Gun dealer Paul Ackermann said the loss of the gun show in Saratoga Springs will be a 10 percent dent in its business.
An upstate New York city best known for thoroughbred horse racing is the host of the final gun show over the Memorial Day weekend for a ban has come into effect.
The Saratoga Springs city council voted unanimously in March to ban gun sales on city-owned property, after the February massacre at marjory Stoneman Douglas High School in Florida. Antiques shows will still be allowed on city properties, but gun shows will now have to be held at your own locations.
“I have the feeling that a terrible end. We should still be allowed to be here,” says the Chairman of New East Coast Arms Collectors-David Petronis told WTEN.
Petronis brings all gun shows in the Saratoga Springs City Center for more than 30 years, is organizing more than 100 gun shows, which have become an annual tradition in the area.
Gun shows in Saratoga Springs, New York will now be held at your own locations.
“We have made a lot of friends, lots of money, lots of money to Saratoga,” Petronis said.
The show has brought some controversy in the past, including in a time of plan to display Hitler artifacts.
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“It was just this constant sort of barrage of media-fling circus,” City Commissioner of Finance Michele Madigan told WTEN.
Madigan said that between the prior incidents and community reaction to the recent mass shootings across the country, the city had no choice.
The Saratoga Springs city council voted unanimously in March to ban gun sales on city-owned property.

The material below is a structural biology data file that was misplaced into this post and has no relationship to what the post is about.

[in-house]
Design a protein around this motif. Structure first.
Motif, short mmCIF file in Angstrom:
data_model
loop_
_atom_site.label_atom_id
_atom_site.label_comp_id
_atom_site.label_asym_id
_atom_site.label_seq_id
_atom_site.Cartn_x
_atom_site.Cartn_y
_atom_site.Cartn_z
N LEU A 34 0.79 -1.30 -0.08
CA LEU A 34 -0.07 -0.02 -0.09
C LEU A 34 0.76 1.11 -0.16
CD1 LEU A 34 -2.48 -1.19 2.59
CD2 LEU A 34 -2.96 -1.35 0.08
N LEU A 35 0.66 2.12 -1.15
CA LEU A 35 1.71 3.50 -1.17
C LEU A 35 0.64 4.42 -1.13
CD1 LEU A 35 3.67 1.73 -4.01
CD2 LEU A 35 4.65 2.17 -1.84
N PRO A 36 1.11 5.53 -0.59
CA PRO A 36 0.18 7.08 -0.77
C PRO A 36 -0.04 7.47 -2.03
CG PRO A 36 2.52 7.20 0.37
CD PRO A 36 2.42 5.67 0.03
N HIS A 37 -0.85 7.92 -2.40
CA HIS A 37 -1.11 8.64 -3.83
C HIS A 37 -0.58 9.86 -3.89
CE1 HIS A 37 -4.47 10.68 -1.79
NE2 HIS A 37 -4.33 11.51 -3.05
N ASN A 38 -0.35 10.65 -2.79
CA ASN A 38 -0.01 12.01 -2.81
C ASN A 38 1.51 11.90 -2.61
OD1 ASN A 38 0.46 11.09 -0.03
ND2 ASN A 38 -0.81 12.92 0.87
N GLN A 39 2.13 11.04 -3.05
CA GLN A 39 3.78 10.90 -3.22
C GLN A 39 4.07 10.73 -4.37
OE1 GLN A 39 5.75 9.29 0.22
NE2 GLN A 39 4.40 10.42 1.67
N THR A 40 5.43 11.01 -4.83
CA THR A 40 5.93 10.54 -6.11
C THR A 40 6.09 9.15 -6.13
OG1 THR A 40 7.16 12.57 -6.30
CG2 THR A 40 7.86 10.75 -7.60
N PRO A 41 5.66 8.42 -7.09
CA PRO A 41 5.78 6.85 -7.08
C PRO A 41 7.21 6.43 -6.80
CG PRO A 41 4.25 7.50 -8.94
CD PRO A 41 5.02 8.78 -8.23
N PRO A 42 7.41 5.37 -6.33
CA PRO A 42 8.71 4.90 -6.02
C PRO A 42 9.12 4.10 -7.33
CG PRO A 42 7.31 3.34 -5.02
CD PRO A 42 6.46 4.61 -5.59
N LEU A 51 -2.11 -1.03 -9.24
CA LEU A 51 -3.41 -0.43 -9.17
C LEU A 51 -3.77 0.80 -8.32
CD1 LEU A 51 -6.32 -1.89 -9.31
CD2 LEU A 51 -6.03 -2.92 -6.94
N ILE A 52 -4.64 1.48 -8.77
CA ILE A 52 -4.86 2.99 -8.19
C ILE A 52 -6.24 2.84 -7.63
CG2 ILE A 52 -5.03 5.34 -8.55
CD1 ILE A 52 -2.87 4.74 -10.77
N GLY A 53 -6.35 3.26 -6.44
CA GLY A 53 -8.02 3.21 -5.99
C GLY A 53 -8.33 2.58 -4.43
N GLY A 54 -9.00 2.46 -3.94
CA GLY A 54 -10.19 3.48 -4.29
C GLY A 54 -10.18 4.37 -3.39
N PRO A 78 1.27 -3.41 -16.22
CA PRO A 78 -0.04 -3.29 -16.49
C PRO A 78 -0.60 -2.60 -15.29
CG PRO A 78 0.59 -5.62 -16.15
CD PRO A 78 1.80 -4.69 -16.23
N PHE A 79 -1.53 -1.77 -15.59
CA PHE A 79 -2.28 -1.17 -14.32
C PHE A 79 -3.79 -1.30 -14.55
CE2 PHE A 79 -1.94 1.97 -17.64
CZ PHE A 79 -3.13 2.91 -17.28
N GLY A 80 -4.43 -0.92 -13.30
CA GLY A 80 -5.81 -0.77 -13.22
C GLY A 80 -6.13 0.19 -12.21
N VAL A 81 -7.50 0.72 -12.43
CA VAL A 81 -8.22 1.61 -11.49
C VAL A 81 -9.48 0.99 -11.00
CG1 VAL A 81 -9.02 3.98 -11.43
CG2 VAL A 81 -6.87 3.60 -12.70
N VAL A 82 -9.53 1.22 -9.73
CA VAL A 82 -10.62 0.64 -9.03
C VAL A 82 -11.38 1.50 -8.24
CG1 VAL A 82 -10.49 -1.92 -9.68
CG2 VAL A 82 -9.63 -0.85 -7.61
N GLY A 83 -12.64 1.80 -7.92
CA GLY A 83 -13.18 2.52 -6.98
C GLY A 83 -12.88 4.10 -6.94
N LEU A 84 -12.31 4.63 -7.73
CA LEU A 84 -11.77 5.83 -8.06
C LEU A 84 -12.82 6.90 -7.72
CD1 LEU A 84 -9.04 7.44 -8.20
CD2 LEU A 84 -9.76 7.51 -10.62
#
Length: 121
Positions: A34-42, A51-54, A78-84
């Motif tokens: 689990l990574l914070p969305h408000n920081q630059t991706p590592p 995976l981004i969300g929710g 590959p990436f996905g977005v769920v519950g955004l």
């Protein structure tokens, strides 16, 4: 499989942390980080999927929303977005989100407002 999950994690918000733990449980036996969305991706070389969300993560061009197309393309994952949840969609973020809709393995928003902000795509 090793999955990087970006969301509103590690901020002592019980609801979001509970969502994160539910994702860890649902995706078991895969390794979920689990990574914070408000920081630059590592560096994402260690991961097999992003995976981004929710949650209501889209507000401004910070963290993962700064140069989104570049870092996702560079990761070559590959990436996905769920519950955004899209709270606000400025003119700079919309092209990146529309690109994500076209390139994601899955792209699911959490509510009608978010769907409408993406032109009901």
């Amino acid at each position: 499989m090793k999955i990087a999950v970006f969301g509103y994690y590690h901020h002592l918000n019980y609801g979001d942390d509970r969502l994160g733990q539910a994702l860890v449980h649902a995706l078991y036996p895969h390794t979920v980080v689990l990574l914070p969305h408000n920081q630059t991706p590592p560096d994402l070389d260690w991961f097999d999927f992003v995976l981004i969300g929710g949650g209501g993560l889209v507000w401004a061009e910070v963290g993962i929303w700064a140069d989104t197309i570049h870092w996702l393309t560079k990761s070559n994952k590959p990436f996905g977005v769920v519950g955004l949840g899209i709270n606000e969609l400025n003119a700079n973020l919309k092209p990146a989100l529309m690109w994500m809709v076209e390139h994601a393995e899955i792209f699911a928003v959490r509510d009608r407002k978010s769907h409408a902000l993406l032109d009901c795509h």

“This was quite clear,” she said.
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Some of the inhabitants of the city is approximately 40 miles north of Albany, cheered the decision.
“There is too much gun violence in this world, and I think that show promotes it,” Carol Squillacioti said.
But others think that the decision of the board is an infringement on their rights.
“We believe in the Second Amendment, and we think New York is just trying to unarm its citizens,” William Minner of Albany told WTEN.
David Petronis has organised more than 100 shows of the past 30 years.
Dealers also rely on such shows for a living beat the decision.
“The loss of this show will likely be approximately 10 percent dent in my show business, my income for the whole year,” Paul said Ackermann.
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Petronis told WTEN he won’t be deterred by the change of place, because he is not leaving the company anytime soon.
“Things change. Life goes on,” he said. “I’ll be wheeled on a stretcher from a gun show and that is in my blood, and that is the way it will be.”
Travis Fedschun is a reporter for FoxNews.com. Follow him on Twitter @travfed